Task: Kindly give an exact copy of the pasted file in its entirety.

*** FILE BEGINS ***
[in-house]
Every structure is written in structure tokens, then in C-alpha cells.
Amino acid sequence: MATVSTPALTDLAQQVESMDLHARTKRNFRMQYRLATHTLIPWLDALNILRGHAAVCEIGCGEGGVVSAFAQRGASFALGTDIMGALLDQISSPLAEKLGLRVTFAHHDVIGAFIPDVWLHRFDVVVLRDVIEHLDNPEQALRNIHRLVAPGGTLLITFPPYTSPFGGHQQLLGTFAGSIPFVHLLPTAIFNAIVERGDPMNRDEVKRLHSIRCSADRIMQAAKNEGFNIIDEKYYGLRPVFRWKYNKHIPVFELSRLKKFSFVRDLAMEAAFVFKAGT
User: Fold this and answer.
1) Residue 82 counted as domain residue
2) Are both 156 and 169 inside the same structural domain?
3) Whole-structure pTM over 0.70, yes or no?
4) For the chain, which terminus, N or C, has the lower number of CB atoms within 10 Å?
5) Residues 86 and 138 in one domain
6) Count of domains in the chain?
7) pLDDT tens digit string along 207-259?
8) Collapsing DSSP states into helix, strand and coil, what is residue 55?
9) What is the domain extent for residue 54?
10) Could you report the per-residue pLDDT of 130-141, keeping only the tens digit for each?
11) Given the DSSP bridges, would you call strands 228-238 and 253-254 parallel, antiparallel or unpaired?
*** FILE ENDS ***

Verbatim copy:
[in-house]
Every structure is written in structure tokens, then in C-alpha cells.
Amino acid sequence: MATVSTPALTDLAQQVESMDLHARTKRNFRMQYRLATHTLIPWLDALNILRGHAAVCEIGCGEGGVVSAFAQRGASFALGTDIMGALLDQISSPLAEKLGLRVTFAHHDVIGAFIPDVWLHRFDVVVLRDVIEHLDNPEQALRNIHRLVAPGGTLLITFPPYTSPFGGHQQLLGTFAGSIPFVHLLPTAIFNAIVERGDPMNRDEVKRLHSIRCSADRIMQAAKNEGFNIIDEKYYGLRPVFRWKYNKHIPVFELSRLKKFSFVRDLAMEAAFVFKAGT
User: Fold this and answer.
1) Residue 82 counted as domain residue
2) Are both 156 and 169 inside the same structural domain?
3) Whole-structure pTM over 0.70, yes or no?
4) For the chain, which terminus, N or C, has the lower number of CB atoms within 10 Å?
5) Residues 86 and 138 in one domain
6) Count of domains in the chain?
7) pLDDT tens digit string along 207-259?
8) Collapsing DSSP states into helix, strand and coil, what is residue 55?
9) What is the domain extent for residue 54?
10) Could you report the per-residue pLDDT of 130-141, keeping only the tens digit for each?
11) Given the DSSP bridges, would you call strands 228-238 and 253-254 parallel, antiparallel or unpaired?